U.S. Homeland Security Secretary Janet Napolitano announced Wednesday she is naming a Microsoft executive to be in charge of protecting the U.S. government's computing systems.
Napolitano has appointed Philip Reitinger to be deputy undersecretary for the department's National Protection and Programs Directorate, where he will be responsible for protecting federal computing systems from domestic and foreign threats. Reitinger currently serves as Chief Trustworthy Infrastructure Strategist at Microsoft.
"Phil's background in cybersecurity and computer crime coupled with his experience working across the federal government and the private sector to develop innovative security strategies makes him an asset to our department," Napolitano said in a statement.
In his role at Microsoft, where he is responsible for protecting information technology infrastructure, Reitinger has worked closely with government agencies and other private partners on cybersecurity protection programs.
Reitinger also has experience in the public sector. He formerly served as the executive director of the Defense Department's Cyber Crime Center, which provides electronic forensic services and supports cyberinvestigations. Before that, he was deputy chief of the Computer Crime and Intellectual Property division at the Justice Department. Reitinger also sits on the Federal Emergency Management Agency National Advisory Council, which advises the FEMA administrator on cybersecurity.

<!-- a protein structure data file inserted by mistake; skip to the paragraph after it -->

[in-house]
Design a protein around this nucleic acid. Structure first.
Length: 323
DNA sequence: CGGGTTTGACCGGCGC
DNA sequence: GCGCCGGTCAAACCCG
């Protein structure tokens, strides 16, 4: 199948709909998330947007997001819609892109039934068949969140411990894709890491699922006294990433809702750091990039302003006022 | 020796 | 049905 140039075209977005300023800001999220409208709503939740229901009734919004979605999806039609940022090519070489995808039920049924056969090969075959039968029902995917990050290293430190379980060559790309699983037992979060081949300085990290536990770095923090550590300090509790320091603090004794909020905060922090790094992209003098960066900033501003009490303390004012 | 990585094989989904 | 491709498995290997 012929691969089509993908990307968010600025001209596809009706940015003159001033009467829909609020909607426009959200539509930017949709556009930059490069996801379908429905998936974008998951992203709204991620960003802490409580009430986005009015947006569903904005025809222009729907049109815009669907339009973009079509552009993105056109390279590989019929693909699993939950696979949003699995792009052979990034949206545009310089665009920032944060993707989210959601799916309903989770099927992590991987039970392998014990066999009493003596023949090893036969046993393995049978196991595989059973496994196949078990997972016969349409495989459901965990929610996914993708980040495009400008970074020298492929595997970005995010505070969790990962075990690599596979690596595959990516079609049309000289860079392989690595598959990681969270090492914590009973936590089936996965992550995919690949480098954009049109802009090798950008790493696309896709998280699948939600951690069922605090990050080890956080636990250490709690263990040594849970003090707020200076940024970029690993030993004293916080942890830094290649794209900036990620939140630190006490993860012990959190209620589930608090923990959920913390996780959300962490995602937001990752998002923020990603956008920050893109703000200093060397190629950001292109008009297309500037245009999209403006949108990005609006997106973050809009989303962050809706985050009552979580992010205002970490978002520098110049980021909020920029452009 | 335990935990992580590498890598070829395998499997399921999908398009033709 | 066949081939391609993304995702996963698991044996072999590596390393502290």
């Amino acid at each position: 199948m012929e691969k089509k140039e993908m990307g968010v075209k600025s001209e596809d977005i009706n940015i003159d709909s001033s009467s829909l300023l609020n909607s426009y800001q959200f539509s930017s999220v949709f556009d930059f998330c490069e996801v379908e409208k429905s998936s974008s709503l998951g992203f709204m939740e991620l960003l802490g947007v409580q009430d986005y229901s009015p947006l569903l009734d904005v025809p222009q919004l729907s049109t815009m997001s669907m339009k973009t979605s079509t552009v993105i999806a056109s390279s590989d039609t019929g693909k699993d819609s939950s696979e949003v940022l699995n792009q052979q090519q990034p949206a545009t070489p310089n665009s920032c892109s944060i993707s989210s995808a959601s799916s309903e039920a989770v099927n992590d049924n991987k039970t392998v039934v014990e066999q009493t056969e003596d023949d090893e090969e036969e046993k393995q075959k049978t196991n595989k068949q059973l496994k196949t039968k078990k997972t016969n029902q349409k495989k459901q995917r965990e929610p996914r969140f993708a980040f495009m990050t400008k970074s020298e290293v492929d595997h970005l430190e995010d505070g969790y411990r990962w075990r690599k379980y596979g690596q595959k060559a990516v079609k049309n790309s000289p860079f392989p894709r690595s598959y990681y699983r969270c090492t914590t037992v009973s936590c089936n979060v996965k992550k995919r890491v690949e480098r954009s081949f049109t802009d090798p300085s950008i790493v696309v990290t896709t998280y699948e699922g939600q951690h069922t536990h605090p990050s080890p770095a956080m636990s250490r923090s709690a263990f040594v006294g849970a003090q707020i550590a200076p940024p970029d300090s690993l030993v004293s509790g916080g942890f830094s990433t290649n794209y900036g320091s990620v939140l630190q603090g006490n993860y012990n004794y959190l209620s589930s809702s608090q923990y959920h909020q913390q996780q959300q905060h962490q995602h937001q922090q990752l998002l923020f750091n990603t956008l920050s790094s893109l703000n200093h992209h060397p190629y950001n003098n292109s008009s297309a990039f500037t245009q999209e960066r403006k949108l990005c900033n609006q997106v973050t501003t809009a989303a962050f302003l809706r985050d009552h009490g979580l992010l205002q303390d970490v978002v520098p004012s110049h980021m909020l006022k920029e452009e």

Reitinger's appointment comes a week after Rod Beckstrom, director of the DHS National Cybersecurity Center, resigned because of what he perceives as attempts by the National Security Agency to control DHS cyberefforts. The National Cybersecurity Center falls under the jurisdiction of the National Protection and Programs Directorate, so Reitinger will be responsible for replacing Beckstrom, according to DHS spokesperson Amy Kudwa.
Another Microsoft executive with government experience, Microsoft Vice President Scott Charney, echoed Beckstrom's comments on Tuesday telling Congress that the cybersecurity mission does not belong in the hands of the NSA.
"It's really important to empower DHS to take the necessary operational role," he said.